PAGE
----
When Eduardo Ruiz and his partners opened restaurant Corazon y Miel in Bell, a Latino suburb of Los Angeles, it drew some puzzled reactions. After all, the neighborhood wasn’t known as a destination for trend-setting food. But Ruiz’s goal wasn’t foodie accolades – though the accolades did come, including a spot on Jonathan Gold’s list of the “101 Essential Restaurants in Los Angeles” and semifinalist recognition for the James Beard Award Foundation’s “Rising Star Chef” award. Ruiz’s goal was to bring elevated Alta California cooking to the average Mexican-American diner; to change their perceptions and expectations for what a “Mexican” or Latino restaurant should be like. His menu, which filtered his Mexican and Salvadoran heritage through an LA lens (and Cordon Bleu training) included dishes like wild boar chilaquiles and a take on Salvadoran pan con pavo, using a whole turkey leg and an herbed slaw.

His approach was instrumental in moving modern Alta California cuisine forward, though in 2016 Ruiz and his partners decided to close Corazon y Miel after three years in business. He has since opened concepts that include Chica’s Tacos and Public Beer & Wine (which serves some of the favorite small plates from Corazon y Miel), and is currently the chef for the Blvd745 restaurant group.

Thomas Ortega

LA Mexicano, Thomas Ortega, Playa Amor, chicano chefs

Puerto Nuevo Lobster. Photo by Staci Valentine. Courtesy of Prospect Park Books

Before founding three successful restaurants of his own, Cerritos-raised chef Tommy Ortega was honing his skills at culinary hot spots like Water Grill, Spago, Lucques, the Four Seasons in Newport Beach, and the Dakota in San Diego. He was getting valuable experience – but he was also learning about a Euro-centric kitchen culture that valued the hard work of Latinos but not their culinary traditions. “Over the years, a lot of white chefs called me ‘paisa,’” Ortega explained to Bill Esparza in L.A. Mexicano. “They were used to us being dishwashers and prep.”

This wasn’t the first time Ortega would battle against pre-conceived notions about Latinos in the restaurant industry. When he opened his first restaurant, Ortega 120, he struggled to find customers for his inventive menu – one that blended American comfort food, traditional Mexican fare and California ingredients. (Dishes included nachos in a truffle cheese béchamel sauce and St. Louis baby back ribs in mole.) To non-Latinos, the food was seemed far more expensive than they were willing to pay for Mexican food. And for many Chicanos, Ortega’s fusion approach was viewed as inauthentic. “At one point I was in deep trouble and didn’t have any money to keep it open,” he tells Esparza. “But then Irene Virbila did a good review in the Los Angeles Times, and the next day we were packed. From that weekend on, we became a destination.”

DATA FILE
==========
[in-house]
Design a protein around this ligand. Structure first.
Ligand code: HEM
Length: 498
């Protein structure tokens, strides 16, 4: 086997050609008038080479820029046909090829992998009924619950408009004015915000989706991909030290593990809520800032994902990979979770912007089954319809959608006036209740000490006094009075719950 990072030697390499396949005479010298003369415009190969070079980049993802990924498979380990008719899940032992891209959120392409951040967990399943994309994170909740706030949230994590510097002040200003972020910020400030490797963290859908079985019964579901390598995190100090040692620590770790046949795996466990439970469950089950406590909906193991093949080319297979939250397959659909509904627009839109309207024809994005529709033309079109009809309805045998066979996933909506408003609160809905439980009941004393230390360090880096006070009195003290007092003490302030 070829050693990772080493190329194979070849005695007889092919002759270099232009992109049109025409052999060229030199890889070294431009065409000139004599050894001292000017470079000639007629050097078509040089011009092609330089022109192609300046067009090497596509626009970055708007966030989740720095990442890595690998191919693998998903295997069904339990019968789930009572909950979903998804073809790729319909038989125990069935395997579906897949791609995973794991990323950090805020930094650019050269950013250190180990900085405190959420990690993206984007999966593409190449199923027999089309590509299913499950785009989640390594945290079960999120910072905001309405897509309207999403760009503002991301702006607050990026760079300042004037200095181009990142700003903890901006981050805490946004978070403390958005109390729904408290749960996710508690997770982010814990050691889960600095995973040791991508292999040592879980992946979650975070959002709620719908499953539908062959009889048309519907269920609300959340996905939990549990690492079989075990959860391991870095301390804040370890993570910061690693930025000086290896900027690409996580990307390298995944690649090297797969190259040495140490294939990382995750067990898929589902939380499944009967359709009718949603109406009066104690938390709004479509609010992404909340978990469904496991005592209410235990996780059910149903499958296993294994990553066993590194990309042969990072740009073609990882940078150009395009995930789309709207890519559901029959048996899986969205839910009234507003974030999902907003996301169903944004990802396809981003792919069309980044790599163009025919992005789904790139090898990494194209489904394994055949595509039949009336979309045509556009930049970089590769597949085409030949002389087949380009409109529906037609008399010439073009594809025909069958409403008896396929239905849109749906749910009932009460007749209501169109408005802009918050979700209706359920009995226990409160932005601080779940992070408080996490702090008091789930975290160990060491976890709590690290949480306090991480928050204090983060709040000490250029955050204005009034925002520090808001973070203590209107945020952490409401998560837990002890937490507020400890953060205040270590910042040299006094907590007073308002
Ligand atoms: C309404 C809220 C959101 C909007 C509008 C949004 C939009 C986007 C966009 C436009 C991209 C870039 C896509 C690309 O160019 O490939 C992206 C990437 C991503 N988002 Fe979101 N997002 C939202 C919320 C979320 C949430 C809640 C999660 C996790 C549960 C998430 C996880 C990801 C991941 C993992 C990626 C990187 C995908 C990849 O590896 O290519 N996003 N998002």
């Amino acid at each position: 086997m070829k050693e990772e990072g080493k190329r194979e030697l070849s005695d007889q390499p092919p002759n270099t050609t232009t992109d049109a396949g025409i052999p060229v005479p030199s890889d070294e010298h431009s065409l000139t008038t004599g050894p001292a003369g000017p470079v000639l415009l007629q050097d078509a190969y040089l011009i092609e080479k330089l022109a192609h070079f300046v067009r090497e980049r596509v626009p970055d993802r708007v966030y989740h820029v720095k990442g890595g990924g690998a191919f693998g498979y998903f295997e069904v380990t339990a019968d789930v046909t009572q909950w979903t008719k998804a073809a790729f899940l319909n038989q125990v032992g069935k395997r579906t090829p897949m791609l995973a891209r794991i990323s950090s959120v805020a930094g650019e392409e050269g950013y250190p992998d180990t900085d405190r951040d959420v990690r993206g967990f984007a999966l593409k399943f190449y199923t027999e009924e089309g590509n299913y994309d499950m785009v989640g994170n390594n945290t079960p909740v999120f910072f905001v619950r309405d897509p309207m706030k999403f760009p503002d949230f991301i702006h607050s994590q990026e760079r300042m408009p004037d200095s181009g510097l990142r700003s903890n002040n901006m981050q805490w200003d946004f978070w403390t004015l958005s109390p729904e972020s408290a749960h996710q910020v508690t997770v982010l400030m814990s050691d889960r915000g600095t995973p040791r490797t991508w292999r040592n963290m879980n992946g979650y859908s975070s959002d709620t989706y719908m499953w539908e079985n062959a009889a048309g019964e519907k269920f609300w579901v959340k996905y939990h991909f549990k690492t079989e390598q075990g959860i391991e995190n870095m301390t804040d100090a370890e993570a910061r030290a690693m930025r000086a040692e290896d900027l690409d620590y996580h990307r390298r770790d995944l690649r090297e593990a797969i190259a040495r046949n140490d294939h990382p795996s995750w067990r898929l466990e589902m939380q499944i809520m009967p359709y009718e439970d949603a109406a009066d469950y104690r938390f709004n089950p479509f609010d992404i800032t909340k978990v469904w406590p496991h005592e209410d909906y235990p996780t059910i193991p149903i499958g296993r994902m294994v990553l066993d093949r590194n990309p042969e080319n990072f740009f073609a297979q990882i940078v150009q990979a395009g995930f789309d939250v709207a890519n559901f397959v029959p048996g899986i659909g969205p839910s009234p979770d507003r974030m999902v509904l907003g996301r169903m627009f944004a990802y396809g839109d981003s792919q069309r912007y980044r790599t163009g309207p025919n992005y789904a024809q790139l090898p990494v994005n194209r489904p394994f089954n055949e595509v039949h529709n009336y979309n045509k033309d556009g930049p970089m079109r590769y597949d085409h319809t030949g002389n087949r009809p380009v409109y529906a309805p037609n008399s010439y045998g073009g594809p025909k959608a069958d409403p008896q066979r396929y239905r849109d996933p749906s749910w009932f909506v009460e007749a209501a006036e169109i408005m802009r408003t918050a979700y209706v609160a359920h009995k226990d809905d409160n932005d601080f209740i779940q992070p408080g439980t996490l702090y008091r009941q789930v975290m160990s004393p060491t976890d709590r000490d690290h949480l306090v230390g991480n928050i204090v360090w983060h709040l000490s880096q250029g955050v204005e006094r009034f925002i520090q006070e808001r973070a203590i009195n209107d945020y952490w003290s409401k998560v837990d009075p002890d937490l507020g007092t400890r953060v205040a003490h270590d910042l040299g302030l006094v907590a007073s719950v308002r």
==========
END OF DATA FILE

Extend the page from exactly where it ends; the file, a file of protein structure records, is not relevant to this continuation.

The rest was history. After Ortega 120 came Amor y Tacos, in his hometown of Cerritos, where, nestled in a strip mall, he served bold farm-to-table inventions like mole tater tots and Doritos chilaquiles – playful food that nods to the cultural melting pot of the area. Then, in 2016 he opened Playa Amor in Long Beach, serving local seafood. Describing his approach to LA Weekly, Ortega explained: “I’m a pocho. I’m a Chicano. I’m a Mexican. Why not put my restaurant background into food I watched my grandma make growing up and blend the two together?”

His success is a testament to the strength of the Alta California movement. As Esparza puts it, “Tommy took a gamble on Mexican cuisine his way and won, in defiance of the status quo, which says that Mexican food in America should be cheap or just like your abuela made it.”

Ray Garcia

Corn & summer squash tamales. Photo by Staci Valentine, courtesy of Prospect Park Books.

Ray Garcia’s downtown LA restaurant Broken Spanish has only been around for two and a half years, but it’s already become a powerful player in the Alta California culinary movement, and garnered Garcia the Esquire 2015 Chef of the Year award. Like many of the chefs on this list, Garcia’s inspiration for Broken Spanish came from the collision of his childhood eating experiences and formal culinary training. Growing up in Cypress Park and the San Fernando/Pacoima area, he ate plenty of Mexican-American food on a tight family budget. “Most of the protein we had were beans, bologna — yes, bologna tacos are a thing for us pochos — hot dogs, and sometimes ground meat,” he tells Esparza in L.A. Mexicano.

It was these memories that came to inspire his innovative menu at Broken Spanish (and later Broken Spanish (B.S.) Taqueria), where he serves up things like Duritos (puffed wheat crackers that look a lot like Doritos), mole fries, lamb neck tamales, and perhaps most famously, a bologna taco, served on heirloom blue corn tortillas and flecked with lardo.